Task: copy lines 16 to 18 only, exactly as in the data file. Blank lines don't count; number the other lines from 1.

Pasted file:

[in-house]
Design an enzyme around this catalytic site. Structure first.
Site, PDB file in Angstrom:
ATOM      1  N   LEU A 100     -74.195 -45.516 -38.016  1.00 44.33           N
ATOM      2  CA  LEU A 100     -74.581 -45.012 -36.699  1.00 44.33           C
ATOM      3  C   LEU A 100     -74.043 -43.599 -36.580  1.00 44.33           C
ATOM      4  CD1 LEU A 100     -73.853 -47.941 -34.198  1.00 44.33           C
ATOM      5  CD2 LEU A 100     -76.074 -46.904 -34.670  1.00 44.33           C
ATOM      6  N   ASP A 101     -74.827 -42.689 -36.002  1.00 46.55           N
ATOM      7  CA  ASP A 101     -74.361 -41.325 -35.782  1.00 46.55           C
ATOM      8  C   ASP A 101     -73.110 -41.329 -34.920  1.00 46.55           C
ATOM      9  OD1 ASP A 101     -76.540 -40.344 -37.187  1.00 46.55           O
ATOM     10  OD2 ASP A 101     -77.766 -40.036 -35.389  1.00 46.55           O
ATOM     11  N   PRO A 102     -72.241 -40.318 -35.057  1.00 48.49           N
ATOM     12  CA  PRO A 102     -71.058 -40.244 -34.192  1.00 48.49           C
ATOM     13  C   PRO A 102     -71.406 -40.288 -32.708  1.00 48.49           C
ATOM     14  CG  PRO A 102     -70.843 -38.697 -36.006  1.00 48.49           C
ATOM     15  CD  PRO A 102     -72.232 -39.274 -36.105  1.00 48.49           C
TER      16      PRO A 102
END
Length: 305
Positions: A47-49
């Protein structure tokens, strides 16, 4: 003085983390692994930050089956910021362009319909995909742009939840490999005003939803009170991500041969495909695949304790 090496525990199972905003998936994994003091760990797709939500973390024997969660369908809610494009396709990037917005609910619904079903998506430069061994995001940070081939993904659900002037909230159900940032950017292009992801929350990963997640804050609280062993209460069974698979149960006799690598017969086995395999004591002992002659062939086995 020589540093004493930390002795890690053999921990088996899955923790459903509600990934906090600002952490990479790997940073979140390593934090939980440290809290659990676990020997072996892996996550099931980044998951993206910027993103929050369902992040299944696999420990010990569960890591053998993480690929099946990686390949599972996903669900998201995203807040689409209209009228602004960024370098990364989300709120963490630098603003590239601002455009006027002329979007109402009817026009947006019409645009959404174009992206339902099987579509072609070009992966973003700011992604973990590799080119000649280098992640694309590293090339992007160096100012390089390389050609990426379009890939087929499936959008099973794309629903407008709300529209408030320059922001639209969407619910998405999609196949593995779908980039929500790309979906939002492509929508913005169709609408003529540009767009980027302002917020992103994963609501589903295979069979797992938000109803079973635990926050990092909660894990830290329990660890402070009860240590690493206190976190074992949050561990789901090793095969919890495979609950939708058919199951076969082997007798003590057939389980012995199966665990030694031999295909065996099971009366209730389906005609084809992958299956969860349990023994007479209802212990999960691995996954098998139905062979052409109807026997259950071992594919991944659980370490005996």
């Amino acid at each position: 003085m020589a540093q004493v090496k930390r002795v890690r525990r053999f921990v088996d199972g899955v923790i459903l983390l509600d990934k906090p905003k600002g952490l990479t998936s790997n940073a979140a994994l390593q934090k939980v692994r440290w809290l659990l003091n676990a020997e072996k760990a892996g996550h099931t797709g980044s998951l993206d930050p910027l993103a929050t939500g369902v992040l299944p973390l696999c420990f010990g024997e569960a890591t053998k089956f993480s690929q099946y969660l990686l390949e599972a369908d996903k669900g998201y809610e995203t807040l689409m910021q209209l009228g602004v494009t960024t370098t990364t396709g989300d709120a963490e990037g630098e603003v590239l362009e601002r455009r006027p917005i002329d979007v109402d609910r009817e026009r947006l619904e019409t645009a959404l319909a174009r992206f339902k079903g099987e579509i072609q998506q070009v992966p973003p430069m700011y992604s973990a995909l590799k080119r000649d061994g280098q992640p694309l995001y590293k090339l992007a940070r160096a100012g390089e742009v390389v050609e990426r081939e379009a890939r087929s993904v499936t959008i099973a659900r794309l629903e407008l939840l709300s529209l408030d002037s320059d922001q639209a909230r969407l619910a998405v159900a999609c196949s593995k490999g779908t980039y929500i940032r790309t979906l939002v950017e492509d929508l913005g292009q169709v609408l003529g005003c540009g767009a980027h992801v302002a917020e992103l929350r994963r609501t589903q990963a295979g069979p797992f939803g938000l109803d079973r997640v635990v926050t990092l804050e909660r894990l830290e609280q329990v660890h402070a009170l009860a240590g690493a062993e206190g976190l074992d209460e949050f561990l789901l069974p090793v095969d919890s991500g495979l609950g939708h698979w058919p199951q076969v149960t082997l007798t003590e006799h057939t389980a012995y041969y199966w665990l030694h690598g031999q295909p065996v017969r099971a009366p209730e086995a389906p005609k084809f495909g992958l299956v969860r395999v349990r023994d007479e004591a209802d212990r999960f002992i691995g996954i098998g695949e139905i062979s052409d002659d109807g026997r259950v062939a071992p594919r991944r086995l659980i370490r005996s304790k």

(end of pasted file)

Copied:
ATOM     13  C   PRO A 102     -71.406 -40.288 -32.708  1.00 48.49           C
ATOM     14  CG  PRO A 102     -70.843 -38.697 -36.006  1.00 48.49           C
ATOM     15  CD  PRO A 102     -72.232 -39.274 -36.105  1.00 48.49           C